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Monday, October 16, 2023

A New York Museum’s House of Bones


Another major news story today is art crime professor Erin L. Thompson’s deep dive into the American Museum of Natural History’s possession of the remains of at least 12,000 individuals, including Native and Black Americans. Thompson spent a year investigating the museum's collection of human remains for this massive report. Days before the publication of our story, an internal email at the museum announced a change in its policy regarding the display of human remains. - Hyperallergic

 

Felix Kaaya, a member of the Meru people of Tanzania, spent decades searching for his grandfather’s bones. Mangi (“Chief”) Lobulu was among the 19 Indigenous leaders hanged from a single tree on March 2, 1900, during Germany’s brutal suppression of the Meru’s resistance to colonization of East Africa. After that, his body disappeared.

Kaaya, who is now in his early 70s, suspected that Lobulu was one of the many dead African individuals whose remains were shipped to German universities and museums for study and experimentation.  Konradin Kunze, a German performer and director, met Kaaya while preparing an exhibition advocating for the return of these remains.  Kunze promised to help Kaaya find Lobulu. His research in German archives revealed that Lobulu’s skeleton had indeed been sent to the Berlin anthropologist Felix von Luschan and that Lobulu’s bones were among the 200 skeletons and 5,000 skulls the American Museum of Natural History purchased from von Luschan’s widow in 1924.  Lobulu’s remains have spent a century on the Upper West Side.

The AMNH collected the remains of at least 12,000 individuals through 150 years of purchases, donations, and expeditions. While the existence of this collection is not a secret, their identities are generally unknown.  After I received an anonymous tip last year, I began trying to identify these individuals, many of whom came from Indigenous or colonized populations around the world.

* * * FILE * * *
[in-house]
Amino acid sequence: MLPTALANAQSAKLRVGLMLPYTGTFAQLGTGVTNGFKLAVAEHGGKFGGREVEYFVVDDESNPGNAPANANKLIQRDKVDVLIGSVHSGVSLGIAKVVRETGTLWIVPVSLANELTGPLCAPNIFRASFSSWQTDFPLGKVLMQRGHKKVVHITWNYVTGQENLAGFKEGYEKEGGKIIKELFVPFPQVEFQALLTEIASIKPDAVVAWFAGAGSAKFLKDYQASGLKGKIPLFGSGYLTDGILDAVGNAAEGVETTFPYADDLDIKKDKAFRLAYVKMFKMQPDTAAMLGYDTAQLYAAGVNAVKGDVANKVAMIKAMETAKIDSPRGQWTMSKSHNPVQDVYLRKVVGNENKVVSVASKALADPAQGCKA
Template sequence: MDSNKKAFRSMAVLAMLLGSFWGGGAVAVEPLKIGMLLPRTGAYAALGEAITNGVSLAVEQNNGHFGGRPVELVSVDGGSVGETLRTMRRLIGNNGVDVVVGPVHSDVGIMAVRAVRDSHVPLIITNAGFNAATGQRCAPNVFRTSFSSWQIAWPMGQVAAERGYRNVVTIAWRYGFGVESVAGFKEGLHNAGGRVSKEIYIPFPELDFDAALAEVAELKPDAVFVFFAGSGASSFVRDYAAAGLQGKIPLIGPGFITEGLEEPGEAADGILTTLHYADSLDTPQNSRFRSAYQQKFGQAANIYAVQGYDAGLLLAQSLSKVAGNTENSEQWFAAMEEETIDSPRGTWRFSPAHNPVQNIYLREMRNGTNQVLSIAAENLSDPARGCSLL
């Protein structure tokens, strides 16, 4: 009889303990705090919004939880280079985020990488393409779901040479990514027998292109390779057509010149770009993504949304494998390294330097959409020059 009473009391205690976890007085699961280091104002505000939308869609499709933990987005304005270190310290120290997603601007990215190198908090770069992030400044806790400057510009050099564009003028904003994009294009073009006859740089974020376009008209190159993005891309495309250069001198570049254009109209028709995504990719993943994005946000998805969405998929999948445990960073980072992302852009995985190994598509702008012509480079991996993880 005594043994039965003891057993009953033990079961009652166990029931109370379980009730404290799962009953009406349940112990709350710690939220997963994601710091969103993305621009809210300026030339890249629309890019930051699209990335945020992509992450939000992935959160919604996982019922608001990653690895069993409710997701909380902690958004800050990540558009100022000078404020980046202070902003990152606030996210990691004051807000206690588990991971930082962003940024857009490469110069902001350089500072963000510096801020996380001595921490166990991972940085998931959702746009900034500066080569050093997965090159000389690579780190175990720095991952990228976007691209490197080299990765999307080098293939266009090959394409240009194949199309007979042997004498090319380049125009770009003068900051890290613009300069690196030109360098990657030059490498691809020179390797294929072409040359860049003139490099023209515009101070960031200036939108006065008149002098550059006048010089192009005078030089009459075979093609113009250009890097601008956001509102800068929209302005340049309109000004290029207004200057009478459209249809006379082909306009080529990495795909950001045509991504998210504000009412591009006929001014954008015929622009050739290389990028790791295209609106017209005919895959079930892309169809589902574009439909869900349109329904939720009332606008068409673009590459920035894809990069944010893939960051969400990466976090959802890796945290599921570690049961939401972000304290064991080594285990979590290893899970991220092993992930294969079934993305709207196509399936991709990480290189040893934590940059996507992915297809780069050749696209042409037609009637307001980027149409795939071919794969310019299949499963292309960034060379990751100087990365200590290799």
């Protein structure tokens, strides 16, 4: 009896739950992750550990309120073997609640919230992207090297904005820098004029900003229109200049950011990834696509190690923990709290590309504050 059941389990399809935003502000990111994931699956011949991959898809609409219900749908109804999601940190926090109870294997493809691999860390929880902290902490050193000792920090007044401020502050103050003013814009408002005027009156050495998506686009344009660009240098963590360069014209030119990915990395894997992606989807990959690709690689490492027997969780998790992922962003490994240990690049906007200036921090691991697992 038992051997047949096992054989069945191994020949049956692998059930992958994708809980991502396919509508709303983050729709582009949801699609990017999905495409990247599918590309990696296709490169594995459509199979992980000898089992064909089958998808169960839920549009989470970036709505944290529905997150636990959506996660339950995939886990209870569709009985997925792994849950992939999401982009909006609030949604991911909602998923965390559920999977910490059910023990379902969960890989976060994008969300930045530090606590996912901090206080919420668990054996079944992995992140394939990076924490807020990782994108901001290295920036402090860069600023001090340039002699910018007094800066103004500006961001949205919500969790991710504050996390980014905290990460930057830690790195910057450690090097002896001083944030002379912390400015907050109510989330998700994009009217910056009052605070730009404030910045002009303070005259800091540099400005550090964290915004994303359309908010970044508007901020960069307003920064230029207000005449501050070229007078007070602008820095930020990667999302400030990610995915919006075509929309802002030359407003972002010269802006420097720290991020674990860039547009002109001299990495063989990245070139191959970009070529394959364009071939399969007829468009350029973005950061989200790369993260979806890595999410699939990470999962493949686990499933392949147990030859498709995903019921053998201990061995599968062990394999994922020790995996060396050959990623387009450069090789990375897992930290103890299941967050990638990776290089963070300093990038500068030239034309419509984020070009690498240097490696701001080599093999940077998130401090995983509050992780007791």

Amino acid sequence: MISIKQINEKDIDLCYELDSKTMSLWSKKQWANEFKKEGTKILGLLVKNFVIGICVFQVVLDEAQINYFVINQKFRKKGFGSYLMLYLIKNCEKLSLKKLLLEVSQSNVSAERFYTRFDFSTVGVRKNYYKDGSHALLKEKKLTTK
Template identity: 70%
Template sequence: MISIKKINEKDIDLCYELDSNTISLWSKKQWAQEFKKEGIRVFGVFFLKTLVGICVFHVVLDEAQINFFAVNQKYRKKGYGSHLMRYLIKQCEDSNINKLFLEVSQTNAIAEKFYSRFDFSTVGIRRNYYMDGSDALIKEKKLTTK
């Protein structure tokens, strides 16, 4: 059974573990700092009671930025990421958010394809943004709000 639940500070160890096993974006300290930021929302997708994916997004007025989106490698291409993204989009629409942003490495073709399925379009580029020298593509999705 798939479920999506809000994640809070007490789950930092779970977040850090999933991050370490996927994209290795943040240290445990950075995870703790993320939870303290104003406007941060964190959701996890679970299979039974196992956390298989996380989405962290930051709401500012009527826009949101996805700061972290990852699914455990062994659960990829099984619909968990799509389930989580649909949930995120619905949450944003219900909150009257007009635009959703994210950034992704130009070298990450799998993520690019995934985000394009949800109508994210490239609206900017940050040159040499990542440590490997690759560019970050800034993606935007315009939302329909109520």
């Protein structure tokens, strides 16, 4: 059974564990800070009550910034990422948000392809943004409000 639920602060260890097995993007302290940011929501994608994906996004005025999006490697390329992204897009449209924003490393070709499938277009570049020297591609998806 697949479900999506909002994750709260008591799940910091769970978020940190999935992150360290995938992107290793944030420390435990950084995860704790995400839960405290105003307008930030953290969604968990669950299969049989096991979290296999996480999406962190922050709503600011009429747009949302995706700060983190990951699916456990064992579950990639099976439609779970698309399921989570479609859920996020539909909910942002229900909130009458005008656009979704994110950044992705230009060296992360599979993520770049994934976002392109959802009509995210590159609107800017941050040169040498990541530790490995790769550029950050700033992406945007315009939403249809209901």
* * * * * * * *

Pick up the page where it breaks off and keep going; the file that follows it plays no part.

Most of the human remains still held in American museums are those of Native Americans (nearly 100,000, according to a recent ProPublica report).  But the remains of thousands of individuals from outside the United States also sit in storage at institutions including Chicago’s Field Museum, the University of California, Berkeley’s Hearst Museum, and the University of Pennsylvania. The Smithsonian Institution, with the remains of 33,000 individuals, and Harvard University, with 22,000, hold the largest human remains collections in the United States. 

KEEP READING: https://hyperallergic.com/850350/a-new-york-museums-house-of-bones/

 

 

 

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Why tribes do not recommend the DNA swab

Rebecca Tallbear entitled: “DNA, Blood, and Racializing the Tribe”, bearing out what I only inferred:

Detailed discussion of the Bering Strait theory and other scientific theories about the population of the modern-day Americas is beyond the scope of this essay. However, it should be noted that Indian people have expressed suspicion that DNA analysis is a tool that scientists will use to support theories about the origins of tribal people that contradict tribal oral histories and origin stories. Perhaps more important,the alternative origin stories of scientists are seen as intending to weaken tribal land and other legal claims (and even diminish a history of colonialism?) that are supported in U.S. federal and tribal law. As genetic evidence has already been used to resolve land conflicts in Asian and Eastern European countries, this is not an unfounded fear.

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